By John Wasik
CHICAGO, August 2 Most experienced long-term
investors know stocks are volatile and can deal with it. But
what if you want to stay in stocks and at the same time reduce
your downside risk and avoid a cyclonic year like 2008?
You might be tempted by funds that bill themselves in a "low
volatility" category, though "volatility" is a red herring. A
"low-beta" approach might be better.
Beta is a measure that portfolio managers use to determine a
portfolio's sensitivity to a major index. A perfect match with
the index is 1.00, and stocks are measured in a percentage
against it. The lower the beta, the less a portfolio tracks a
market average, such as the S&P 500 index.
From 1926-2011, according to Ibbotson Associates,
large-company stocks had a standard-deviation of about 20
percent. Small-company stocks were much more volatile over that
period: 32 percent. When you look at long-term government bonds,
though, volatility drops to 9.8 percent, and with a portfolio of
U.S. Treasury bills, it drops to 3.1 percent.
Keep in mind that I'm referring to historical volatility;
flash crashes and technical glitches such as the one that
occurred on We dnesday with Knight Capital are another
matter. Volatility is often unpredictable in a market
increasingly dominated by high-frequency robotic trading, which
often amps up market movements.
RISK VS. REWARD
Most investors can take some risk - 20 percent doesn't sound
like much to most seasoned long-term investors - in exchange for
beating inflation and building a decent retirement portfolio.
The question then is what funds to choose.
You can be easily befuddled, since a wave of new funds
emerged over the past year touting low-volatility, high-dividend
stocks and lower market risk. The "low-vol" funds tend to
conceptually overlap with equity-income, high-dividend and
balanced offerings, which are categories of funds that have been
around for years. So it's a bit of a marketing gimmick to claim
that the new class of funds is any less risky than the
The "low volatility" moniker, especially, loses some of its
punch when global market downturns happen. In those cases, since
every market is reacting to what's going on in Europe,
Washington and Beijing simultaneously, volatility can bruise any
stock portfolio at any time. Having a portfolio of
dividend-paying stocks is better than non-dividend payers, but
it often skirts the fact that stocks are still much more
volatile than bonds.
Low-volatility funds typically are portfolios composed of
mature companies that pay consistent dividends. They are often
in established industries such as utilities, healthcare,
consumer staples and durable goods. You won't find many
high-flying technology stocks in this pack.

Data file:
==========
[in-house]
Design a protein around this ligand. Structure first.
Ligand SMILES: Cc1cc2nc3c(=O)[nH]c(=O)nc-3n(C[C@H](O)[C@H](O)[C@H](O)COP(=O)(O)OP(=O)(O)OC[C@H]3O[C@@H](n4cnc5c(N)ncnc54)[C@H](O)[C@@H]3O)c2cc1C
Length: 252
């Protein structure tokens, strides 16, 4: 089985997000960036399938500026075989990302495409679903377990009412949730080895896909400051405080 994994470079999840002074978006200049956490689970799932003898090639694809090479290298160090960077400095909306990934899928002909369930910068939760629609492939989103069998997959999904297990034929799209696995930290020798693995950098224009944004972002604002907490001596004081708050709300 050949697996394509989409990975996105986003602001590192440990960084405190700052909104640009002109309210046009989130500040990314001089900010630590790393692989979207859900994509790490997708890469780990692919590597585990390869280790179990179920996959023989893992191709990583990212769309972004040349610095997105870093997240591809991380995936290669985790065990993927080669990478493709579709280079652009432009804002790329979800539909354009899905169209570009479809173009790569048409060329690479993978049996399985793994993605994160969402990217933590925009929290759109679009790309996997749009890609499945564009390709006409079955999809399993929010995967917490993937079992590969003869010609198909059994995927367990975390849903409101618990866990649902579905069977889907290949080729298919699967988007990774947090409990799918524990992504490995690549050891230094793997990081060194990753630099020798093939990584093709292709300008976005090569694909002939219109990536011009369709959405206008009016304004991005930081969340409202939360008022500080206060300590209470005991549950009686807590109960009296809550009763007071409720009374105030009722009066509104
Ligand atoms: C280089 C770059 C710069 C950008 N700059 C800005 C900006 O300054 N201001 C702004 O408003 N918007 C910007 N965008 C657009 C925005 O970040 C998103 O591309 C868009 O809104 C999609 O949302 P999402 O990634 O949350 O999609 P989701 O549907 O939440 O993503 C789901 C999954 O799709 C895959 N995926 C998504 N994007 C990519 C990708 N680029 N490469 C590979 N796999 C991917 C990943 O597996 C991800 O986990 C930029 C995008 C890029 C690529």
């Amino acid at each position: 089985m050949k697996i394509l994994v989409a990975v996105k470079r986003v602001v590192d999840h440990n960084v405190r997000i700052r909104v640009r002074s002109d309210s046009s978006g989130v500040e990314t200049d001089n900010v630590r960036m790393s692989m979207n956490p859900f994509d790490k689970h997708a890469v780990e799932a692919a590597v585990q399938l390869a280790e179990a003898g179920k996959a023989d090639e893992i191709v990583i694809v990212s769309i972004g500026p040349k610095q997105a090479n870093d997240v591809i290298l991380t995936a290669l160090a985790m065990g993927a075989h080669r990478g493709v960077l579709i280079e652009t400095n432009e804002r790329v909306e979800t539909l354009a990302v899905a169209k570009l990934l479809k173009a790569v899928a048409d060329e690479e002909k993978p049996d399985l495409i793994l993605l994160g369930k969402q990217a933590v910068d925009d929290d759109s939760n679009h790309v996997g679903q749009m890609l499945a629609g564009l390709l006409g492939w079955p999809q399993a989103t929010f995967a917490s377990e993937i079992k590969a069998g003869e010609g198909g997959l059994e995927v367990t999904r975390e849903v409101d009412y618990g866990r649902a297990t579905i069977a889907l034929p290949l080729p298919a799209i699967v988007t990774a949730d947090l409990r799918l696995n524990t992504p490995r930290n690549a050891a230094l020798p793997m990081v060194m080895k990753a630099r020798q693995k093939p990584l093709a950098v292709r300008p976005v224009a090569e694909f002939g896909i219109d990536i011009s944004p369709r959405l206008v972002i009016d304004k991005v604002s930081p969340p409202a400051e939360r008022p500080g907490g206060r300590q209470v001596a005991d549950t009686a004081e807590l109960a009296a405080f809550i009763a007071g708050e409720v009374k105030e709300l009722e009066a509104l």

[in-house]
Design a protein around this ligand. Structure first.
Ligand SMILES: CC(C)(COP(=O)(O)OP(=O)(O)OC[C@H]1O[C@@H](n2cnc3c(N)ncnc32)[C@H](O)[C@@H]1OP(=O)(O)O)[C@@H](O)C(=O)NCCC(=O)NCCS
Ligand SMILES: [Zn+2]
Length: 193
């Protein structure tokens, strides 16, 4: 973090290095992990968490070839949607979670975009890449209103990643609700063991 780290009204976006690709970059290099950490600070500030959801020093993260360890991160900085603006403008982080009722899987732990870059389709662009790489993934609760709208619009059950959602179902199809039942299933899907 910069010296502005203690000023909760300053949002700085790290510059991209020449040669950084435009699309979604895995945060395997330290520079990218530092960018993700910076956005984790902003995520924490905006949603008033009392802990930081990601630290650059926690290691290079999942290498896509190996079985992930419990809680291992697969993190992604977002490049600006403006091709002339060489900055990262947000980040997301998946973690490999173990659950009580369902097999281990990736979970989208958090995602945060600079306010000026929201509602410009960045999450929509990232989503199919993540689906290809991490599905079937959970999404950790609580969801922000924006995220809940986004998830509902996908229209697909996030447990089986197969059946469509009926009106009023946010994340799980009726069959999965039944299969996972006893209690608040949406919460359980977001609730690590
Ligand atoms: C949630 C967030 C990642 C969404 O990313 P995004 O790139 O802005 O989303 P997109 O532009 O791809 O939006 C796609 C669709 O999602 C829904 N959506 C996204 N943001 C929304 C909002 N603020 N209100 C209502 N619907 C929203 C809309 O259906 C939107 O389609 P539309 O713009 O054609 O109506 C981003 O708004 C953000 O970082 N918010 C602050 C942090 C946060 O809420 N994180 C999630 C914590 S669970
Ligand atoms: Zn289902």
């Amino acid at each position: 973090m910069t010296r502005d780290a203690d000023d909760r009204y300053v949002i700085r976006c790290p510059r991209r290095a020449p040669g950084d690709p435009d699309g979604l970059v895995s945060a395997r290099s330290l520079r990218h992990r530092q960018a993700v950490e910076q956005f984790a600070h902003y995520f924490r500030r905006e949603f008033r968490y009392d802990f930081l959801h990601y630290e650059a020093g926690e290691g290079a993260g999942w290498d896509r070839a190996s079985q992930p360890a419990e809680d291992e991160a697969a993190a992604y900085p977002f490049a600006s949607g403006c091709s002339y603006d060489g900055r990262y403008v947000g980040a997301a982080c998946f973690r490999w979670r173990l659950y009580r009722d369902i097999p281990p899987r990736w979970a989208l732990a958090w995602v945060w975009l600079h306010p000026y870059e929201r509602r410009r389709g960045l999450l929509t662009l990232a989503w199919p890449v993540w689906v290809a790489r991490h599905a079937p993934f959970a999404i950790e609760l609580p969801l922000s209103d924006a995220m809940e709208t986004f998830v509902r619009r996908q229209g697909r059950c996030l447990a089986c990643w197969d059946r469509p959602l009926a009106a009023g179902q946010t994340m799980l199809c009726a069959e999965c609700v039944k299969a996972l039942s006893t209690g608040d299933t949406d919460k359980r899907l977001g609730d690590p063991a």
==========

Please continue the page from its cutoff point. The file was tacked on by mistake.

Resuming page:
When you look at popular, low-volatility offerings, though,
they may reflect high correlations to the overall market. The
PowerShares S&P 500 Low Volatility Portfolio ETF, for
example, has a beta of 0.66, which means it's less volatile, but
moves closely with the market average for large stocks, with a
correlation of 0.95 (through June 30).
THE BETA DIFFERENCE
A new, emerging class of low-beta stocks does not entirely
eliminate market risk - no stock fund will - but is less likely
to move in lock step with the S&P 500 when it declines. The
Russell 1000 Low-Beta ETF, for example, has a beta of
0.71, which means it's more than one-quarter less volatile than
the Russell 3000 Index. The fund tracks an index of large-cap,
But sometimes, fund names don't always tell you the whole
story on market risk. The Vanguard Dividend Appreciation ETF
, with a 0.82 beta, focuses on "achievers" that have
raised their dividends for at least 10 straight years.
While this is one of the lowest-risk funds in its category,
it's not immune to downturns. In 2008, it lost about 27 percent,
compared with a 37 percent loss for the S&P 500. The Guggenheim
Defensive Equity Fund has an even lower beta - 0.57 -
but lost 30 percent in 2008.
No matter what it's called, any stock fund will move with
the overall market in some way. There are also other gauges that
are better at measuring overall risk, such as the Sortino Ratio,
which distinguishes between upside and downside volatility. So
if you really want some idea on how a fund might perform in a
swoon, you'll need to do some more homework.
If risk measurement is still a muddle to you, look at assets
that are usually uncorrelated to stock movements, such as money
market funds, U.S. bonds, metals and commercial real estate.
Commodities also may be in that camp, but like Real Estate
Investment Trusts, they traveled the same road south as stocks
Want to keep it simple? Boost your bond mix while reducing
stock holdings in line with what kinds of losses you can
stomach. While fund names can often be confusing, straight
allocations are pretty good barometers of how much stock-market
risk you're taking.